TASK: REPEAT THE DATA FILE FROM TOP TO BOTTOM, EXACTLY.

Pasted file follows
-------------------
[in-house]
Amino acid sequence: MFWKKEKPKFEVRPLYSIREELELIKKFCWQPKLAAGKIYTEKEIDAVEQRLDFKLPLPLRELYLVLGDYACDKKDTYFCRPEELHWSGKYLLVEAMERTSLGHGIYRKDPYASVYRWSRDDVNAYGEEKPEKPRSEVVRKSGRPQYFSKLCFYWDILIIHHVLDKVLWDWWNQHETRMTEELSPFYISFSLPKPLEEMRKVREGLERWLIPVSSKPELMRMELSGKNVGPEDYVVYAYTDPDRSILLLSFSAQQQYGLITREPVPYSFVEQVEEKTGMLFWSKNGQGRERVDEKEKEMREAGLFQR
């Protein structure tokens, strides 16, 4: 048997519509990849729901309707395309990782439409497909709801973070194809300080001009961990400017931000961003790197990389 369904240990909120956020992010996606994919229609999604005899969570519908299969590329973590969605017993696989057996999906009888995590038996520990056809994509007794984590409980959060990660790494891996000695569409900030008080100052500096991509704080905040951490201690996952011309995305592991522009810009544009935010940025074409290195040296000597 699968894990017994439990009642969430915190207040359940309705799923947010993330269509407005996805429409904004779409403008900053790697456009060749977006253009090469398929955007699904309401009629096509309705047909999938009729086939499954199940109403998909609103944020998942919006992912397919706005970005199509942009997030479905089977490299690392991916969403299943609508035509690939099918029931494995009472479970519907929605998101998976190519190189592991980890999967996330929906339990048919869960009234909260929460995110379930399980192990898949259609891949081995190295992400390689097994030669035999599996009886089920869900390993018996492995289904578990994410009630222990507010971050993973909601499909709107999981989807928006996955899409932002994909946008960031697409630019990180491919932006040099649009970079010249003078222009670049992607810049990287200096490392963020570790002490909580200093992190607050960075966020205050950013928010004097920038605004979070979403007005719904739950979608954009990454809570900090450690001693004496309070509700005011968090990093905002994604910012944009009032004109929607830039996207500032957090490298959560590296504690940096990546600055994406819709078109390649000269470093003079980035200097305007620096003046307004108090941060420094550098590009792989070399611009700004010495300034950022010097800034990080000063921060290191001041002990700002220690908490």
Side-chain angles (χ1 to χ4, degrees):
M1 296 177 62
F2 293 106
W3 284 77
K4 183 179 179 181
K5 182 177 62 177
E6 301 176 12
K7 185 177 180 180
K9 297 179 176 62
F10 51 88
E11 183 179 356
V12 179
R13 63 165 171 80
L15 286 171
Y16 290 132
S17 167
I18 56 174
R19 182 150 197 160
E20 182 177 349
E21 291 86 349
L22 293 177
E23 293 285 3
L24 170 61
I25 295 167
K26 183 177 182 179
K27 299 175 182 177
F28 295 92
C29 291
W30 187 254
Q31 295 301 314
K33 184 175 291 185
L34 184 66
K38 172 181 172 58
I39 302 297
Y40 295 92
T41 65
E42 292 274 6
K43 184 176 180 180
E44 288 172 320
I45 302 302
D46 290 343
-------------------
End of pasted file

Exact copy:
[in-house]
Amino acid sequence: MFWKKEKPKFEVRPLYSIREELELIKKFCWQPKLAAGKIYTEKEIDAVEQRLDFKLPLPLRELYLVLGDYACDKKDTYFCRPEELHWSGKYLLVEAMERTSLGHGIYRKDPYASVYRWSRDDVNAYGEEKPEKPRSEVVRKSGRPQYFSKLCFYWDILIIHHVLDKVLWDWWNQHETRMTEELSPFYISFSLPKPLEEMRKVREGLERWLIPVSSKPELMRMELSGKNVGPEDYVVYAYTDPDRSILLLSFSAQQQYGLITREPVPYSFVEQVEEKTGMLFWSKNGQGRERVDEKEKEMREAGLFQR
């Protein structure tokens, strides 16, 4: 048997519509990849729901309707395309990782439409497909709801973070194809300080001009961990400017931000961003790197990389 369904240990909120956020992010996606994919229609999604005899969570519908299969590329973590969605017993696989057996999906009888995590038996520990056809994509007794984590409980959060990660790494891996000695569409900030008080100052500096991509704080905040951490201690996952011309995305592991522009810009544009935010940025074409290195040296000597 699968894990017994439990009642969430915190207040359940309705799923947010993330269509407005996805429409904004779409403008900053790697456009060749977006253009090469398929955007699904309401009629096509309705047909999938009729086939499954199940109403998909609103944020998942919006992912397919706005970005199509942009997030479905089977490299690392991916969403299943609508035509690939099918029931494995009472479970519907929605998101998976190519190189592991980890999967996330929906339990048919869960009234909260929460995110379930399980192990898949259609891949081995190295992400390689097994030669035999599996009886089920869900390993018996492995289904578990994410009630222990507010971050993973909601499909709107999981989807928006996955899409932002994909946008960031697409630019990180491919932006040099649009970079010249003078222009670049992607810049990287200096490392963020570790002490909580200093992190607050960075966020205050950013928010004097920038605004979070979403007005719904739950979608954009990454809570900090450690001693004496309070509700005011968090990093905002994604910012944009009032004109929607830039996207500032957090490298959560590296504690940096990546600055994406819709078109390649000269470093003079980035200097305007620096003046307004108090941060420094550098590009792989070399611009700004010495300034950022010097800034990080000063921060290191001041002990700002220690908490």
Side-chain angles (χ1 to χ4, degrees):
M1 296 177 62
F2 293 106
W3 284 77
K4 183 179 179 181
K5 182 177 62 177
E6 301 176 12
K7 185 177 180 180
K9 297 179 176 62
F10 51 88
E11 183 179 356
V12 179
R13 63 165 171 80
L15 286 171
Y16 290 132
S17 167
I18 56 174
R19 182 150 197 160
E20 182 177 349
E21 291 86 349
L22 293 177
E23 293 285 3
L24 170 61
I25 295 167
K26 183 177 182 179
K27 299 175 182 177
F28 295 92
C29 291
W30 187 254
Q31 295 301 314
K33 184 175 291 185
L34 184 66
K38 172 181 172 58
I39 302 297
Y40 295 92
T41 65
E42 292 274 6
K43 184 176 180 180
E44 288 172 320
I45 302 302
D46 290 343